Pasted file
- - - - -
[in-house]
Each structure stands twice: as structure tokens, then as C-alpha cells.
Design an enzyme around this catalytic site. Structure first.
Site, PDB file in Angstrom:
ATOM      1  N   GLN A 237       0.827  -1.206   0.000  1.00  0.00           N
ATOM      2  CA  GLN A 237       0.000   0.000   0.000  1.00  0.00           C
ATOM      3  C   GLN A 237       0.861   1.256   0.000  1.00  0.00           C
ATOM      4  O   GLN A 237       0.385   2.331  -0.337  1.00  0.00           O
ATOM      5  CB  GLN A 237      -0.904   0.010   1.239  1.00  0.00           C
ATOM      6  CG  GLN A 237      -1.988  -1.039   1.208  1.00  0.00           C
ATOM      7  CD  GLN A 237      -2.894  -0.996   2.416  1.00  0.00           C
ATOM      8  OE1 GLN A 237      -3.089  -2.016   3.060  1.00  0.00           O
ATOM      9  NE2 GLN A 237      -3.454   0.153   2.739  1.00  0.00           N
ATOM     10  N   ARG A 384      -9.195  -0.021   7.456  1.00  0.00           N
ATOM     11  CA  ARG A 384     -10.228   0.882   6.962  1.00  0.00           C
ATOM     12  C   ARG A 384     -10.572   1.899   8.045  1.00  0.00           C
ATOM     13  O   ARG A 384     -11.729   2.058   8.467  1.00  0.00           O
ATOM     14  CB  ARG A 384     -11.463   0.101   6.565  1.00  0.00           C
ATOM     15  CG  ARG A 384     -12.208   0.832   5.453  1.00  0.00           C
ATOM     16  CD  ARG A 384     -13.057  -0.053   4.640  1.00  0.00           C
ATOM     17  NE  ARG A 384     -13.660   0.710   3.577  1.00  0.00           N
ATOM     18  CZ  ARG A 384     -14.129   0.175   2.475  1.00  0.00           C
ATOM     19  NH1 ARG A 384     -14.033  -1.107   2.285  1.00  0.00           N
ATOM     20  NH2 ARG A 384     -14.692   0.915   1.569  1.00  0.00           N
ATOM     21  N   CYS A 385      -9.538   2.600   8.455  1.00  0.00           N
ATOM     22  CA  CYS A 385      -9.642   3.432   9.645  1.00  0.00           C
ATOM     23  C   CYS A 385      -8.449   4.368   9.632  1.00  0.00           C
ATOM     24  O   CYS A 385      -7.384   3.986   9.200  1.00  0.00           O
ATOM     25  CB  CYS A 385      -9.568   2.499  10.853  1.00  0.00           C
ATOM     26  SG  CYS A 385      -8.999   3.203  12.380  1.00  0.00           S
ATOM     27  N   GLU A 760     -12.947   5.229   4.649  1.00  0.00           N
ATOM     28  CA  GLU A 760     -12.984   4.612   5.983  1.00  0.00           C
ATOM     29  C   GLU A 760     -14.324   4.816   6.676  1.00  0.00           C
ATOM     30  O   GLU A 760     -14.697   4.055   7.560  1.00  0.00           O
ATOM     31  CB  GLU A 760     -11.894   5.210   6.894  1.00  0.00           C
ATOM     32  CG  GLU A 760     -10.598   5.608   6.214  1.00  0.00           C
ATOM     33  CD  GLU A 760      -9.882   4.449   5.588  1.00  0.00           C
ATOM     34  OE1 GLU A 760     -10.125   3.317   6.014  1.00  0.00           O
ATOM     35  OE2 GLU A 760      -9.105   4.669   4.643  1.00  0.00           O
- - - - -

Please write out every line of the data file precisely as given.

[in-house]
Each structure stands twice: as structure tokens, then as C-alpha cells.
Design an enzyme around this catalytic site. Structure first.
Site, PDB file in Angstrom:
ATOM      1  N   GLN A 237       0.827  -1.206   0.000  1.00  0.00           N
ATOM      2  CA  GLN A 237       0.000   0.000   0.000  1.00  0.00           C
ATOM      3  C   GLN A 237       0.861   1.256   0.000  1.00  0.00           C
ATOM      4  O   GLN A 237       0.385   2.331  -0.337  1.00  0.00           O
ATOM      5  CB  GLN A 237      -0.904   0.010   1.239  1.00  0.00           C
ATOM      6  CG  GLN A 237      -1.988  -1.039   1.208  1.00  0.00           C
ATOM      7  CD  GLN A 237      -2.894  -0.996   2.416  1.00  0.00           C
ATOM      8  OE1 GLN A 237      -3.089  -2.016   3.060  1.00  0.00           O
ATOM      9  NE2 GLN A 237      -3.454   0.153   2.739  1.00  0.00           N
ATOM     10  N   ARG A 384      -9.195  -0.021   7.456  1.00  0.00           N
ATOM     11  CA  ARG A 384     -10.228   0.882   6.962  1.00  0.00           C
ATOM     12  C   ARG A 384     -10.572   1.899   8.045  1.00  0.00           C
ATOM     13  O   ARG A 384     -11.729   2.058   8.467  1.00  0.00           O
ATOM     14  CB  ARG A 384     -11.463   0.101   6.565  1.00  0.00           C
ATOM     15  CG  ARG A 384     -12.208   0.832   5.453  1.00  0.00           C
ATOM     16  CD  ARG A 384     -13.057  -0.053   4.640  1.00  0.00           C
ATOM     17  NE  ARG A 384     -13.660   0.710   3.577  1.00  0.00           N
ATOM     18  CZ  ARG A 384     -14.129   0.175   2.475  1.00  0.00           C
ATOM     19  NH1 ARG A 384     -14.033  -1.107   2.285  1.00  0.00           N
ATOM     20  NH2 ARG A 384     -14.692   0.915   1.569  1.00  0.00           N
ATOM     21  N   CYS A 385      -9.538   2.600   8.455  1.00  0.00           N
ATOM     22  CA  CYS A 385      -9.642   3.432   9.645  1.00  0.00           C
ATOM     23  C   CYS A 385      -8.449   4.368   9.632  1.00  0.00           C
ATOM     24  O   CYS A 385      -7.384   3.986   9.200  1.00  0.00           O
ATOM     25  CB  CYS A 385      -9.568   2.499  10.853  1.00  0.00           C
ATOM     26  SG  CYS A 385      -8.999   3.203  12.380  1.00  0.00           S
ATOM     27  N   GLU A 760     -12.947   5.229   4.649  1.00  0.00           N
ATOM     28  CA  GLU A 760     -12.984   4.612   5.983  1.00  0.00           C
ATOM     29  C   GLU A 760     -14.324   4.816   6.676  1.00  0.00           C
ATOM     30  O   GLU A 760     -14.697   4.055   7.560  1.00  0.00           O
ATOM     31  CB  GLU A 760     -11.894   5.210   6.894  1.00  0.00           C
ATOM     32  CG  GLU A 760     -10.598   5.608   6.214  1.00  0.00           C
ATOM     33  CD  GLU A 760      -9.882   4.449   5.588  1.00  0.00           C
ATOM     34  OE1 GLU A 760     -10.125   3.317   6.014  1.00  0.00           O
ATOM     35  OE2 GLU A 760      -9.105   4.669   4.643  1.00  0.00           O